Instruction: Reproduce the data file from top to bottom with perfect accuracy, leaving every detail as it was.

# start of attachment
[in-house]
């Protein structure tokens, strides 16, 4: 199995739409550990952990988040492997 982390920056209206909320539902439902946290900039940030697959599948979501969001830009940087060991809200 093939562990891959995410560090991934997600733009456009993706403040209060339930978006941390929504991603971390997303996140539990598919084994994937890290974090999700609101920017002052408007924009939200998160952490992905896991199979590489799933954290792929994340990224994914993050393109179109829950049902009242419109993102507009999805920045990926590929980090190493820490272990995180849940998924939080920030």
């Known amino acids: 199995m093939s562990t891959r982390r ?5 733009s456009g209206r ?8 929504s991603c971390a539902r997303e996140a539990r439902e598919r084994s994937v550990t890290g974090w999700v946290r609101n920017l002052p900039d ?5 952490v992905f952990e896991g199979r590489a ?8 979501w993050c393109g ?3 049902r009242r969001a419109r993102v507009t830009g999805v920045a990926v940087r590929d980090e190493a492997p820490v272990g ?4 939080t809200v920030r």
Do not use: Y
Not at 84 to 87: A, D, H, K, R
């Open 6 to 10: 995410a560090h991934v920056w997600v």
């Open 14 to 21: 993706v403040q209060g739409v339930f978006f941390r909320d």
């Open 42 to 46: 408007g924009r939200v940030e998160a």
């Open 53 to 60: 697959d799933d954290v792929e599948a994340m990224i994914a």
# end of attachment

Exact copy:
[in-house]
């Protein structure tokens, strides 16, 4: 199995739409550990952990988040492997 982390920056209206909320539902439902946290900039940030697959599948979501969001830009940087060991809200 093939562990891959995410560090991934997600733009456009993706403040209060339930978006941390929504991603971390997303996140539990598919084994994937890290974090999700609101920017002052408007924009939200998160952490992905896991199979590489799933954290792929994340990224994914993050393109179109829950049902009242419109993102507009999805920045990926590929980090190493820490272990995180849940998924939080920030």
């Known amino acids: 199995m093939s562990t891959r982390r ?5 733009s456009g209206r ?8 929504s991603c971390a539902r997303e996140a539990r439902e598919r084994s994937v550990t890290g974090w999700v946290r609101n920017l002052p900039d ?5 952490v992905f952990e896991g199979r590489a ?8 979501w993050c393109g ?3 049902r009242r969001a419109r993102v507009t830009g999805v920045a990926v940087r590929d980090e190493a492997p820490v272990g ?4 939080t809200v920030r």
Do not use: Y
Not at 84 to 87: A, D, H, K, R
């Open 6 to 10: 995410a560090h991934v920056w997600v």
């Open 14 to 21: 993706v403040q209060g739409v339930f978006f941390r909320d």
């Open 42 to 46: 408007g924009r939200v940030e998160a």
């Open 53 to 60: 697959d799933d954290v792929e599948a994340m990224i994914a």